As was the case with many late nineteenth-century public figures, the Civil War became the moral reference point for Cullom's political career. Unlike most others, he spent the war years as a Republican politician, not a soldier. Initially wary of the radical image of the new party, Cullom supported Millard Fillmore in 1856 and was elected to the state legislature on a combined Fillmore-Free Soil ticket. Then in 1858, he took the biggest (and perhaps the only) gamble of his career by hitching his fortunes to Lincoln and the Republicans. Cullom returned to the Illinois General Assembly in 1861 and served as Speaker of the lower house. He moved on to the U.S. House of Representatives in early 1865 and remained in office until 1871. Cullom returned to the Illinois General Assembly from 1873 to 1875, again holding the post of speaker from 1873 to 1874. Two terms as governor of Illinois followed between 1877 and 1883. Finally, in 1883 Cullom began the first of five consecutive terms in the U.S. Senate lasting until 1913. Throughout his tenure he clung to the image of Lincoln and the dictates of the Republican party. At the outset of his national political career, Cullom was a member of Lincoln's funeral party. During the intervening half-century, Cullom waved the bloody shirt, memorialized the "boys in blue," and became so closely linked with the GOP in Illinois that he developed into a visible symbol of the party's heroic past, "the man who looked like Lincoln."
Thomas R. Pegram, "Cullom, Shelby Moore," American National Biography Online, February 2000, http://www.anb.org/articles/05/05-00167.html.
CULLOM, Shelby Moore, (nephew of Alvan Cullom and William Cullom), a Representative and a Senator from Illinois; born in Wayne County, Ky., November 22, 1829; moved with his father to Tazewell County, Ill., in 1830; received an academic and university training; moved to Springfield, Ill., in 1853; studied law; admitted to the bar in 1855 and commenced practice in Springfield; elected city attorney in 1855; member, State house of representatives 1856, 1860-1861, and served as speaker of the house during the second year; elected as a Republican to the Thirty-ninth, Fortieth, and Forty-first Congresses (March 4, 1865-March 3, 1871); chairman, Committee on Territories (Forty-first Congress); member, State house of representatives 1873-1874, and served as speaker in 1873; Governor of Illinois 1877-1883, when he resigned; elected as a Republican to the United States Senate in 1882; reelected in 1888, 1894, 1900, and 1906 and served from March 4, 1883, to March 3, 1913; chairman, Committee on Expenditures of Public Money (1885-87), Committee on Interstate Commerce (1887-93; 1895-1901; 1909-11), Committee on Foreign Relations (1901-11), Republican Conference Chairman (1911-13); Regent of the Smithsonian Institution 1885-1913; chairman and resident commissioner of the Lincoln Memorial Commission in 1913 and 1914; member of the commission appointed to prepare a system of laws for the Hawaiian Islands; died in Washington, D.C., January 28, 1914; interment in Oak Ridge Cemetery, Springfield, Ill.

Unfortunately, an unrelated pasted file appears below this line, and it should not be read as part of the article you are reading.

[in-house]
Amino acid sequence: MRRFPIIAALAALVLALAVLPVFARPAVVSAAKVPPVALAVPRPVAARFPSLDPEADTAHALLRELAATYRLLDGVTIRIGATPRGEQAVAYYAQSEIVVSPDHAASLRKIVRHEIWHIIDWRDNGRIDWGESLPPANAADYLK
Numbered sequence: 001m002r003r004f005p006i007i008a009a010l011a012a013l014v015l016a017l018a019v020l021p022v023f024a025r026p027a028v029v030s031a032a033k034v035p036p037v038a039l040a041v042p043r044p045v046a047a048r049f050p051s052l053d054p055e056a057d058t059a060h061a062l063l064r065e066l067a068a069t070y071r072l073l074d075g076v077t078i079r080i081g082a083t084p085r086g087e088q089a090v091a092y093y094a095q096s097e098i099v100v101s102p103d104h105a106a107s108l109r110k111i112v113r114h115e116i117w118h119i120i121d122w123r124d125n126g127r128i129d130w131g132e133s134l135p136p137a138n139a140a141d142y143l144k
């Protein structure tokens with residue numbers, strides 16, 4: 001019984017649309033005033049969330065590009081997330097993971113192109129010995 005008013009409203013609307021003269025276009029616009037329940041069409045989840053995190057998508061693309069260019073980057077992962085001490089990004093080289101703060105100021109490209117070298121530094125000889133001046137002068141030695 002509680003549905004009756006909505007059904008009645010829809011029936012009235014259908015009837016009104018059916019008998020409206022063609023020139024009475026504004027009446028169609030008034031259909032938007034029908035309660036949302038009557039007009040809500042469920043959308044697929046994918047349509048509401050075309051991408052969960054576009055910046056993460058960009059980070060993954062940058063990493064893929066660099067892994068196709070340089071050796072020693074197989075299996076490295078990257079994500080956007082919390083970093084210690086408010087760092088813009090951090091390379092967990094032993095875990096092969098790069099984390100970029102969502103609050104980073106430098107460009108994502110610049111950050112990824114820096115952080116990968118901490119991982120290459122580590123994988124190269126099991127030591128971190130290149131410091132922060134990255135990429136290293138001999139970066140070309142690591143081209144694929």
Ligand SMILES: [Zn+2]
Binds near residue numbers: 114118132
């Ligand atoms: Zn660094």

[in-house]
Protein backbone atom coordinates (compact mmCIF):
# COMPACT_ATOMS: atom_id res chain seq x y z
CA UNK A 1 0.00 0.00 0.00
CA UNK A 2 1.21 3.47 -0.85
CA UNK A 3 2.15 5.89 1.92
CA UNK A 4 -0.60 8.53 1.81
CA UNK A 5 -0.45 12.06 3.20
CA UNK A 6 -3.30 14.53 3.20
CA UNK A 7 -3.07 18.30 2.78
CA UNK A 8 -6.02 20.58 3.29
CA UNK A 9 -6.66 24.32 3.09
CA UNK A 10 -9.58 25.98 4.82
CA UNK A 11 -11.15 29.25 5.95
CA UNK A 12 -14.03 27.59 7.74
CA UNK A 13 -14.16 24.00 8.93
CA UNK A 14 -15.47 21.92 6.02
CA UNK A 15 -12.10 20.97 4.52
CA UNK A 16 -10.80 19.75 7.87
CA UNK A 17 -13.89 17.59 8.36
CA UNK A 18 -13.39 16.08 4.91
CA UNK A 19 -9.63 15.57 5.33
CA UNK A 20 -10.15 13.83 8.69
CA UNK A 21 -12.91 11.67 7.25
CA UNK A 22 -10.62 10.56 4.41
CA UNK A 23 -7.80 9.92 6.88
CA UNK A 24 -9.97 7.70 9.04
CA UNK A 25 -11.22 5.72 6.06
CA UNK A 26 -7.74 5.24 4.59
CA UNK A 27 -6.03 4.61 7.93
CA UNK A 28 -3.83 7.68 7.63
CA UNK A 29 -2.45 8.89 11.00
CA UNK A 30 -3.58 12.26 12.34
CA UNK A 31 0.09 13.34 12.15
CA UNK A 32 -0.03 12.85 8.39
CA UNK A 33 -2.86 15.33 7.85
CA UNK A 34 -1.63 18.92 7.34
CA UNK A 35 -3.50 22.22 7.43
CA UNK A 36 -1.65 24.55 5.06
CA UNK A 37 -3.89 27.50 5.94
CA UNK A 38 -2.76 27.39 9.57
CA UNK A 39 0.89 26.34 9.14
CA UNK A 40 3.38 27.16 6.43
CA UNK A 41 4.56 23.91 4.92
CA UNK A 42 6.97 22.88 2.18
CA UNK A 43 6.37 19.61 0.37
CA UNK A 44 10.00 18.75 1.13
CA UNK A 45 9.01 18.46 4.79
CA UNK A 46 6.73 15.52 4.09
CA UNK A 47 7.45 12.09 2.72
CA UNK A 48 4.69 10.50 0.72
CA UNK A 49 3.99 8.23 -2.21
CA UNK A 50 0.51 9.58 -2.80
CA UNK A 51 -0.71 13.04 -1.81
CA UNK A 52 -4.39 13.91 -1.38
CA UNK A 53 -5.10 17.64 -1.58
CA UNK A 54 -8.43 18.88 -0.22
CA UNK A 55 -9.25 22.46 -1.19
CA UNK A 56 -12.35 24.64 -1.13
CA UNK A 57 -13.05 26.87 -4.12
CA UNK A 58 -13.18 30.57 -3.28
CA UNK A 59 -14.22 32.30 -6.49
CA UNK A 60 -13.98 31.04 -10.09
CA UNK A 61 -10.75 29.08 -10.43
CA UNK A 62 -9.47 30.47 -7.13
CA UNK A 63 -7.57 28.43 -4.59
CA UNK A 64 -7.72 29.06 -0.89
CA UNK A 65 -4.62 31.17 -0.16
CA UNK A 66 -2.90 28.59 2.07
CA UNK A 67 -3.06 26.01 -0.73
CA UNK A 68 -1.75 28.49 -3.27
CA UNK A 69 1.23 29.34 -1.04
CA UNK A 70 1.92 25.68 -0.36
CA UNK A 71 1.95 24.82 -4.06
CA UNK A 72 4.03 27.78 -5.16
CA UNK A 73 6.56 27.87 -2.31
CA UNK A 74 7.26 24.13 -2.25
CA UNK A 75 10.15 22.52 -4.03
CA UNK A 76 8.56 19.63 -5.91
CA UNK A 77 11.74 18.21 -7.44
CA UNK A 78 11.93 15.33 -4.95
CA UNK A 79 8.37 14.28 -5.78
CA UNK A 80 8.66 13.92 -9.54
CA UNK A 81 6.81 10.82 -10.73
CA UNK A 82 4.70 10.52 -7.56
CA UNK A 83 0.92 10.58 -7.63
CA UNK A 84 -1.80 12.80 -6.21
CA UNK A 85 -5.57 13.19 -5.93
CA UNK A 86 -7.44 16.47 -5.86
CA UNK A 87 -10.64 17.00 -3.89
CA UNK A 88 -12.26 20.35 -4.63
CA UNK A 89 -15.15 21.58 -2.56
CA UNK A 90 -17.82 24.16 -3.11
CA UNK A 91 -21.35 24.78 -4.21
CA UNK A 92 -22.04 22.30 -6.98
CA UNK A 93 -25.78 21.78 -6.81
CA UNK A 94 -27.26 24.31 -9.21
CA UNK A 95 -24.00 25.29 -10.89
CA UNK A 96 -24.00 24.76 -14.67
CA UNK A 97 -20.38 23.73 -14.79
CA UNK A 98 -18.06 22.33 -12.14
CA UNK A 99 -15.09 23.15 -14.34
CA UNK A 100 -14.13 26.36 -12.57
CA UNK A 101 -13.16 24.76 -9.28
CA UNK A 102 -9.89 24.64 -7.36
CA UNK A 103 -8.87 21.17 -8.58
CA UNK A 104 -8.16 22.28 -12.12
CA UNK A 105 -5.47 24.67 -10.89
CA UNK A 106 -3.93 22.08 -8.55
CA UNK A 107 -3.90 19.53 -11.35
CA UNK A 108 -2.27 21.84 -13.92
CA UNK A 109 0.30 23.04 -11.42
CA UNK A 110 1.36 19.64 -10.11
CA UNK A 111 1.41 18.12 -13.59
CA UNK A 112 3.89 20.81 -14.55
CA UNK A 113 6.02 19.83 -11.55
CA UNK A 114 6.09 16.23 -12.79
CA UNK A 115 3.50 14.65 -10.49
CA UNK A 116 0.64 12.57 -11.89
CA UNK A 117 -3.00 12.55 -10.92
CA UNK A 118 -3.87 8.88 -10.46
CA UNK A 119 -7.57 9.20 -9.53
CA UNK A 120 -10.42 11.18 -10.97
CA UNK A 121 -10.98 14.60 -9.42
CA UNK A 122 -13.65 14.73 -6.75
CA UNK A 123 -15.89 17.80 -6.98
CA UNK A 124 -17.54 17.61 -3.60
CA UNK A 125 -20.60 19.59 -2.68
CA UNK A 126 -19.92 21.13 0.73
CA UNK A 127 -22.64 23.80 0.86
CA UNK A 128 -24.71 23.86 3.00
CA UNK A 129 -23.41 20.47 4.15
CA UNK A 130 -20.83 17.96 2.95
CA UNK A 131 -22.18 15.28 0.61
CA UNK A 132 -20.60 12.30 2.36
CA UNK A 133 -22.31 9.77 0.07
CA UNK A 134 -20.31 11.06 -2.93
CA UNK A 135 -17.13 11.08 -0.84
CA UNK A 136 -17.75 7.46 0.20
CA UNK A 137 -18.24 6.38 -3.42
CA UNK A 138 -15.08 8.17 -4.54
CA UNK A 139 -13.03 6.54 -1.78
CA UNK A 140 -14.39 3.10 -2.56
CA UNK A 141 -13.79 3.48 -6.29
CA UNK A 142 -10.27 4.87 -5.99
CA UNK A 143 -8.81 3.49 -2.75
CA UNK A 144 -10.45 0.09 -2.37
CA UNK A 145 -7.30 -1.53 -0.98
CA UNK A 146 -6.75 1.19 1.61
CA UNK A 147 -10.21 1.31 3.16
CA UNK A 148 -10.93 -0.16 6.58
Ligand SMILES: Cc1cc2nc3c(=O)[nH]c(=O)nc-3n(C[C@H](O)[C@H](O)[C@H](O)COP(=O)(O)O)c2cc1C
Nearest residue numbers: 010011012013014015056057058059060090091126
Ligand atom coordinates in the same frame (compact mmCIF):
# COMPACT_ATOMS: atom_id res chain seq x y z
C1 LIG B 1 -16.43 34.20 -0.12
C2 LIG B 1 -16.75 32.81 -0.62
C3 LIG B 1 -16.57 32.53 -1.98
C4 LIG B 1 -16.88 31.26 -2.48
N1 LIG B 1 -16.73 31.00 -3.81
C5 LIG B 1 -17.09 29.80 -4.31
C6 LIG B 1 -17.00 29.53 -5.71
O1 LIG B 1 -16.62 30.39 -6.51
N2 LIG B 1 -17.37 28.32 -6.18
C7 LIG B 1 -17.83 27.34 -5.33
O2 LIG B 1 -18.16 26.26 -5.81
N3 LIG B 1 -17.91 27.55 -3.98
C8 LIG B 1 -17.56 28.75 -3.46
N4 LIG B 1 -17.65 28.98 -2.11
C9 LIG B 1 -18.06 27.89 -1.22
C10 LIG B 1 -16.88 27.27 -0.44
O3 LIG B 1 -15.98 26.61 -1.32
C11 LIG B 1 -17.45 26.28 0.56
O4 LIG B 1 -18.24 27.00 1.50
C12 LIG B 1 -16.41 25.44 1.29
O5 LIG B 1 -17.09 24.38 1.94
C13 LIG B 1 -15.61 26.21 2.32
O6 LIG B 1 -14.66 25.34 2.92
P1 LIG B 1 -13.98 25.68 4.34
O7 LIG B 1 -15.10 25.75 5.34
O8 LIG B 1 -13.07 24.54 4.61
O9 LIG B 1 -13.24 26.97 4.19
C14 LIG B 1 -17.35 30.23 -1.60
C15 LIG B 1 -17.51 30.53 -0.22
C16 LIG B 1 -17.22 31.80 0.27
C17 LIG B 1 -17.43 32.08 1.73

"Cullom, Shelby More," Biographical Directory of the United States Congress, 1774 to Present, http://bioguide.congress.gov/scripts/biodisplay.pl?index=C000973.